Posts Tagged ‘to live is Christ’

The goal is the prize but it’s not the finish line. In human terms, that may seem illogical, but it’s important to remember that God doesn’t operate on our human terms. Our “template” for the ultimate prize is revealed in the Christ.

Philippians 3:13b-14a
But one thing I do: Forgetting what is behind and straining toward what is ahead, I press on toward the goal to win the prize for which God has called me. . .

One of my favorite movies is Forrest Gump. At one point in the early part of the movie, he is chased by bullies and his little friend, Jenny, tells him to “run, Forrest, run.” And as he does run, the braces come off and he becomes stronger and stronger with each step. And soon, running becomes a testament or symbol of who he is and who he can be throughout the film.

Paul is telling us the same thing: to run, to run the race with perseverance, and to keep our eyes on the future, for tomorrow is full to the brim of prizes and surprises.

Part of running the race is developing a sensitivity to the paradoxes of life in Christ. In Christ’s universe, the tortoise can beat the hare, the weak can outlast the strong [II Cor 12:10], and the barren can have more children than the Duggars [Isaiah 54:1]. The rule of perfection is a different measurement. It all happens within.

Of course, my outside behaviors and decisions are imbued by the presence of the Holy Spirit, but the prize is not there. Like the voice of God that Elijah sought on the mountain, it was not in the wind, the earthquake, or the fire, but in the stillness.

Life is not just a carousel where we strain to pluck the brass ring to get the prize. It’s a life in conjunction with the Holy Spirit who is perfection. [Matthew 5:48]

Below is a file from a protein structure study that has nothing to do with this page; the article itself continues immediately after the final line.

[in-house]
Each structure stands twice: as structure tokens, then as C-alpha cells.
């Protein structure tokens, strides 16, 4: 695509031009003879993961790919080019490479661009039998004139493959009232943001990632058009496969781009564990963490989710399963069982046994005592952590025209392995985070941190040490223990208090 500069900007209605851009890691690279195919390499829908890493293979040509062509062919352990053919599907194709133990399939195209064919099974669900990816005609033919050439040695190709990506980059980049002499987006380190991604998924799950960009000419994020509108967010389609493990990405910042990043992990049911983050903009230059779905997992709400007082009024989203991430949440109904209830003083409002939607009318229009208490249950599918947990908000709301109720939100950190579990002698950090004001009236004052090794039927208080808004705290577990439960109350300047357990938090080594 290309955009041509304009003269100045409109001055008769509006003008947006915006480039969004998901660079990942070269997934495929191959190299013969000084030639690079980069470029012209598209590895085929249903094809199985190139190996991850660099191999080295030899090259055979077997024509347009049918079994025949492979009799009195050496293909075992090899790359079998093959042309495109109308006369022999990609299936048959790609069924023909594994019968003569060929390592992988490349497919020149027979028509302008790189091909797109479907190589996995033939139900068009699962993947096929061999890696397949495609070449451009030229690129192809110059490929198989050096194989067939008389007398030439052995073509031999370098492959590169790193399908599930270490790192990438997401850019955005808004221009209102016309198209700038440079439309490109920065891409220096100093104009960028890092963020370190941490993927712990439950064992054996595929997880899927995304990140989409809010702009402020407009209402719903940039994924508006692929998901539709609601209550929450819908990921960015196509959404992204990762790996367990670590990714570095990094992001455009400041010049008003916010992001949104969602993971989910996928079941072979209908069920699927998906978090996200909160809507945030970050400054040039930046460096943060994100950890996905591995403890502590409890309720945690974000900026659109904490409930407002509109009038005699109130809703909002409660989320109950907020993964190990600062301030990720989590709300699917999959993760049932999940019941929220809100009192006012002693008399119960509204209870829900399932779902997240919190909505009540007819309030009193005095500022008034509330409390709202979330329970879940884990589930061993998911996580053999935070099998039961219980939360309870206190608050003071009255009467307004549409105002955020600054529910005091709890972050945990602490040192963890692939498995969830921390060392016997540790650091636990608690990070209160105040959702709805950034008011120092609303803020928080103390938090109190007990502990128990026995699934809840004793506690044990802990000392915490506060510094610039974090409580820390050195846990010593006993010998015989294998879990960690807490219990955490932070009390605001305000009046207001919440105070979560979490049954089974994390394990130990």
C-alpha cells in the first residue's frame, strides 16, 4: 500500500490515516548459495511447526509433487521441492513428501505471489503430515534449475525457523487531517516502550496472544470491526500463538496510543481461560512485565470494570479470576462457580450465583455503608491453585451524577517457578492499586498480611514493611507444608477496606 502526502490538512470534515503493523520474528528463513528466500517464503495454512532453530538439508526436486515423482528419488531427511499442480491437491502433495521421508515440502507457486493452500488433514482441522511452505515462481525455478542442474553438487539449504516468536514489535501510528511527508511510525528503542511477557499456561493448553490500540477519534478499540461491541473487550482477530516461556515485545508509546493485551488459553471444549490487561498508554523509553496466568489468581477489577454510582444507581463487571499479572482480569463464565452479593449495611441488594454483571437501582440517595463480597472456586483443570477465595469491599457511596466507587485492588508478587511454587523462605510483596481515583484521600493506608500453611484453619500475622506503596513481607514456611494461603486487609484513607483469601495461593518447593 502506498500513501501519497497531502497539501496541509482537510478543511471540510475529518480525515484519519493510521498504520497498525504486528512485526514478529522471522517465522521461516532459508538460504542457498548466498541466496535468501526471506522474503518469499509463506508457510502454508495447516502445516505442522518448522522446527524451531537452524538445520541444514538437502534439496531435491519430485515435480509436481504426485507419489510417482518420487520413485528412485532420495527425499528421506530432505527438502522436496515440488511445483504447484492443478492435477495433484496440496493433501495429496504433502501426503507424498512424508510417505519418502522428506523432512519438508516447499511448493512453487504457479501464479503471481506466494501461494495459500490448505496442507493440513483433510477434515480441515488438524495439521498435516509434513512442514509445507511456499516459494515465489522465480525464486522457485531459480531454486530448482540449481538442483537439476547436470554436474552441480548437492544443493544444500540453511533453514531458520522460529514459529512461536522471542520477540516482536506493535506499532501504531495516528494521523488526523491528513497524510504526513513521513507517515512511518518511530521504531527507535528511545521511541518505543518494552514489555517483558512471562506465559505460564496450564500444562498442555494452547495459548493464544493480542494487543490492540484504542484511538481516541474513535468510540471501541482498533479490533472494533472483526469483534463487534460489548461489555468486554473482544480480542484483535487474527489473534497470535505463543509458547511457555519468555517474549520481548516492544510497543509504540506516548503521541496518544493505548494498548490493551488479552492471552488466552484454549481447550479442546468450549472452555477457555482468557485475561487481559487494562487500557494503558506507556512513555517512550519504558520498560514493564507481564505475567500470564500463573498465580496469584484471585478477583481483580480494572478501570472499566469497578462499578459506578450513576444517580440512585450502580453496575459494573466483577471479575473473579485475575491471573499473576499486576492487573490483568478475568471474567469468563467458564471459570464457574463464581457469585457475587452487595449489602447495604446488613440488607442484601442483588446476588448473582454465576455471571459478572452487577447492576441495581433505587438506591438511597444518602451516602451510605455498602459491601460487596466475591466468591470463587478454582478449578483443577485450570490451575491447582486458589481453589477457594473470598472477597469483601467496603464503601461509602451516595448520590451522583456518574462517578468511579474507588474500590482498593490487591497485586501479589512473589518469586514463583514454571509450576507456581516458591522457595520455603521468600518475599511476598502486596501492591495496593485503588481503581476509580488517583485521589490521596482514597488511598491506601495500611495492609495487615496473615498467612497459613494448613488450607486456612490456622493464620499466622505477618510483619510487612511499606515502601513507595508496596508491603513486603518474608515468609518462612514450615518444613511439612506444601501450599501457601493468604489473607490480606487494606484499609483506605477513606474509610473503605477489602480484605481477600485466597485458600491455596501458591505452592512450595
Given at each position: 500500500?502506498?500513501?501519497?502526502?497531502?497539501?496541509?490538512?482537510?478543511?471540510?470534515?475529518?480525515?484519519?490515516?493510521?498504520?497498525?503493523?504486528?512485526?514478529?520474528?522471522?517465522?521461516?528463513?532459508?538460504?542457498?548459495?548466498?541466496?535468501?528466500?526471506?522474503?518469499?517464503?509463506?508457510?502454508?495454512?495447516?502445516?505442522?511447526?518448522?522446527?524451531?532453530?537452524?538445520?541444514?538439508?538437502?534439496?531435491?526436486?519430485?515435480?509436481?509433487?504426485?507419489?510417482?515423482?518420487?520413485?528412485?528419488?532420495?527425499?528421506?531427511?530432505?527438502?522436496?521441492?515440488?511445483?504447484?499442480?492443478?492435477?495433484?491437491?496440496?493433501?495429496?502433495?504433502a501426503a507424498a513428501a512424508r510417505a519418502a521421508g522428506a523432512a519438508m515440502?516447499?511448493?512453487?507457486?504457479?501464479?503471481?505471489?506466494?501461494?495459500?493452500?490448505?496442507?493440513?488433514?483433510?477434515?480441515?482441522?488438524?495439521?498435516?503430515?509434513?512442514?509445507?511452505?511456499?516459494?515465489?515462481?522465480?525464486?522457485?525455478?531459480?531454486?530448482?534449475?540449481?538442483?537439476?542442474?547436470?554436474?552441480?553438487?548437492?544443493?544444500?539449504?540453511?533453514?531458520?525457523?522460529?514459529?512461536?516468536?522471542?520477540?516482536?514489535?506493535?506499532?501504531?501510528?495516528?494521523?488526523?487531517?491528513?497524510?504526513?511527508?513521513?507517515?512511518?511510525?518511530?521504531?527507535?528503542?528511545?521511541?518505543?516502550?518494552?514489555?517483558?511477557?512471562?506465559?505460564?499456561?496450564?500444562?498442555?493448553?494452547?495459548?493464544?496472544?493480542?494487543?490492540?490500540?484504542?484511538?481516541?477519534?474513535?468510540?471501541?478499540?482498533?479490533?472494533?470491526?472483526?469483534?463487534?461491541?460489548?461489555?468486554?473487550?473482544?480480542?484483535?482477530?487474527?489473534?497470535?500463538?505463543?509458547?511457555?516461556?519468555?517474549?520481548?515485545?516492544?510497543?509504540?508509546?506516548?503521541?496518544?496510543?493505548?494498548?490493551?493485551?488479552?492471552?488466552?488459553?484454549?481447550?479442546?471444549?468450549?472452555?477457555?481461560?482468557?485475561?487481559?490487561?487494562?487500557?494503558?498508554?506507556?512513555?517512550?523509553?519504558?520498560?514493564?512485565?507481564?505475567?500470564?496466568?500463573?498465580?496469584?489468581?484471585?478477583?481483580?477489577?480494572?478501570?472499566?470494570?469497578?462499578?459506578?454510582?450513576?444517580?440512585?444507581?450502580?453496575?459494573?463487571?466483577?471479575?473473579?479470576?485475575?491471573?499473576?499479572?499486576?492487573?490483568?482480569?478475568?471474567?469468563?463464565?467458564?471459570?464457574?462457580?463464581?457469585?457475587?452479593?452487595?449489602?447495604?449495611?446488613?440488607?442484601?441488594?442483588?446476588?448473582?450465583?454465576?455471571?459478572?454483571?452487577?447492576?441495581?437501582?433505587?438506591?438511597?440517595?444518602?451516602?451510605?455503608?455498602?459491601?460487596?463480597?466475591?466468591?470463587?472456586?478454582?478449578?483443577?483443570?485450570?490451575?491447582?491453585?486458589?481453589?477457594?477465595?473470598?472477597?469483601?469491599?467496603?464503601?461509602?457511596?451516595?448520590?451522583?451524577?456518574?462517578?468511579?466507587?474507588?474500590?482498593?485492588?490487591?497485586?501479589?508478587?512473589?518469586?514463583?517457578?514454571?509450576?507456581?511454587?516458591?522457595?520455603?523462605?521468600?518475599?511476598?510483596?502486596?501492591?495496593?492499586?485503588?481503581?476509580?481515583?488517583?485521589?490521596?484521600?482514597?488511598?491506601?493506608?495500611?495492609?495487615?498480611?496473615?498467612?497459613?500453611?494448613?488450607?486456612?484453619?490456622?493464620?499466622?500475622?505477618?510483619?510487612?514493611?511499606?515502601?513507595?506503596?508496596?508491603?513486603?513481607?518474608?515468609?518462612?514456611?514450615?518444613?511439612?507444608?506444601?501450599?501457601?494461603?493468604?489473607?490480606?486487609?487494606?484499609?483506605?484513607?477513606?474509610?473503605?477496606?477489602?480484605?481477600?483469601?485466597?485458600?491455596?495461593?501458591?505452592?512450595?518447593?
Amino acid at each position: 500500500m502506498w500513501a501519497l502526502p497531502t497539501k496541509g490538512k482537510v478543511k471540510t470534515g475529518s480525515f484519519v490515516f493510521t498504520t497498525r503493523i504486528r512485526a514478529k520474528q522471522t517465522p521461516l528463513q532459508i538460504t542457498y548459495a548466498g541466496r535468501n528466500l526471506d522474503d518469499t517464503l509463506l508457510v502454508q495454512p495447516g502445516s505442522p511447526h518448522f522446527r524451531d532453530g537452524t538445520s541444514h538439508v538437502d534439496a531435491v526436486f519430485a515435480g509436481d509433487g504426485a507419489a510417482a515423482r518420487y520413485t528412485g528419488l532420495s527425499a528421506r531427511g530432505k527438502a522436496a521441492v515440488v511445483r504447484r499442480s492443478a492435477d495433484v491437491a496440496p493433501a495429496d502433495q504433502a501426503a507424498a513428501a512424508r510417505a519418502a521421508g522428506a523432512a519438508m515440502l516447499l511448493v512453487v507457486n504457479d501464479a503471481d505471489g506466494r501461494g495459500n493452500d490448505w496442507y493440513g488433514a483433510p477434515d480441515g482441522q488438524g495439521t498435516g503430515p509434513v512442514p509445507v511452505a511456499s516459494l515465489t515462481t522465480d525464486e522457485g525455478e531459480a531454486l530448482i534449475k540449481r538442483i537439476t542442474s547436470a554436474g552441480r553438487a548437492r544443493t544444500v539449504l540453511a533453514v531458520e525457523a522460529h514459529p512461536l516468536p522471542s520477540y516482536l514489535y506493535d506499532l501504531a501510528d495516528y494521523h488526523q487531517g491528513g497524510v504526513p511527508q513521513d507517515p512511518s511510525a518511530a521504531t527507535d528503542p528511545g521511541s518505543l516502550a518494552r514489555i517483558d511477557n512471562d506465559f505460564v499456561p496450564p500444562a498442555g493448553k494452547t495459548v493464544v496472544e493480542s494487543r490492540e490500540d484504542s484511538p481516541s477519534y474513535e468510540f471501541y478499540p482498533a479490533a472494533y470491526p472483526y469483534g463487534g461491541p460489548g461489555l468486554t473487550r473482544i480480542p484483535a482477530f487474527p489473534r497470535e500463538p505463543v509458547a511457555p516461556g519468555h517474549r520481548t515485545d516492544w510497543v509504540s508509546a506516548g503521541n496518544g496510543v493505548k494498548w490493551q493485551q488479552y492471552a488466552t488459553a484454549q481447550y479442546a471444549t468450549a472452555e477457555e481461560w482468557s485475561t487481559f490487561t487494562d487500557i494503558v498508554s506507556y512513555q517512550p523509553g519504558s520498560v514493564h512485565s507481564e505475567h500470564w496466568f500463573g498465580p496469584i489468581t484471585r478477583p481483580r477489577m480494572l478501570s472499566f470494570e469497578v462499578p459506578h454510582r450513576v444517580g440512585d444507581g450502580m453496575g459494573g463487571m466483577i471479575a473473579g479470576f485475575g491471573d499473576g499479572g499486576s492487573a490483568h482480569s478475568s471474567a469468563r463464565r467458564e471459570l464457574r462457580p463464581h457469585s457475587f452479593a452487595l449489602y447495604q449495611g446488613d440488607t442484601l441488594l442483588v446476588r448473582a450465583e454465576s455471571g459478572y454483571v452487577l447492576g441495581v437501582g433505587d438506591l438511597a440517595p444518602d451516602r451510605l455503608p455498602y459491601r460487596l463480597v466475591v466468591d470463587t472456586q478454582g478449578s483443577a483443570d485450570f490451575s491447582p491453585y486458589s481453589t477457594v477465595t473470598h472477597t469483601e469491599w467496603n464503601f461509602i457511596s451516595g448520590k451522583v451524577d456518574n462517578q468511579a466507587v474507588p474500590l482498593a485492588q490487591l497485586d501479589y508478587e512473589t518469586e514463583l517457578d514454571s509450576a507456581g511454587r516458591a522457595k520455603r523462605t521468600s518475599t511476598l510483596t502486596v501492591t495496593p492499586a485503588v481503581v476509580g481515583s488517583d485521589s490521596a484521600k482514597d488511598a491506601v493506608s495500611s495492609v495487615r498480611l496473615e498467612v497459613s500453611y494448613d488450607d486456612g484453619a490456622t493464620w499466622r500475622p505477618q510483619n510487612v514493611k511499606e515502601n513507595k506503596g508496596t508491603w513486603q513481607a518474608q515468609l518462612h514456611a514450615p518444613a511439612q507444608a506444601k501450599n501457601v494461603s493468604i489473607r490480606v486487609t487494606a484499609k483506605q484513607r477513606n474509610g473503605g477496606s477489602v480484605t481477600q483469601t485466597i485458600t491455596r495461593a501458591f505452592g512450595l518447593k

The goal/prize is captured in these loaded phrases: to live IN Christ, to live IS Christ, to be found IN Christ, and to know Christ.

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Easy, peasy. Just live by the Spirit and all shall be well. Why? Because the Spirit can crowd out my desire for all the other stuff. The Spirit is big, a consuming fire, a powerhouse, a counselor, a wise and holy One. So what’s the problem? Apparently, the Spirit is also a bit finicky about the conditions of its dwelling place.

Galatians 5:16-17a
So I say, live by the Spirit, and you will not gratify the desires of the sinful nature. For the sinful nature desires what is contrary to the Spirit, and the Spirit what is contrary to the sinful nature.

Photo by Cherie Stangis

If I were to compare my inner habitat to a house with many rooms, I think, most of the rooms would be considered pig pens while the Spirit is hanging out in one of the closets. Don’t get me wrong. I’ve seen this closet. I’ve even been in there. It’s immaculate, orderly, clean, and full of light and color. Additionally, it’s not unlike the Tardis from Dr. Who: once I step in there, it’s a lot bigger on the inside than it looks from the outside.

All right, it might not be quite as bad as that. I mean, there have been seasons of my life, when the Spirit had an expanded domicile into some of the other rooms, but I haven’t been very cooperative and a lot of those rooms have gone back to their original condition. You know how it is, the Spirit wants to paint a room yellow and I’m in the mood for red. So what does polite Spirit do? Lets me have a red room with all that goes with it. One difference, the Spirit doesn’t hang in there with me. My choice. My free will. My loss.

Intellectually I understand all of this. If I just let the Spirit re-decorate the whole place, without my interference, it would look and feel so much different. And the more I consider and study, I’m sure a wholly Spirit-run establishment would become a miracle-working address (mountain moving and so forth).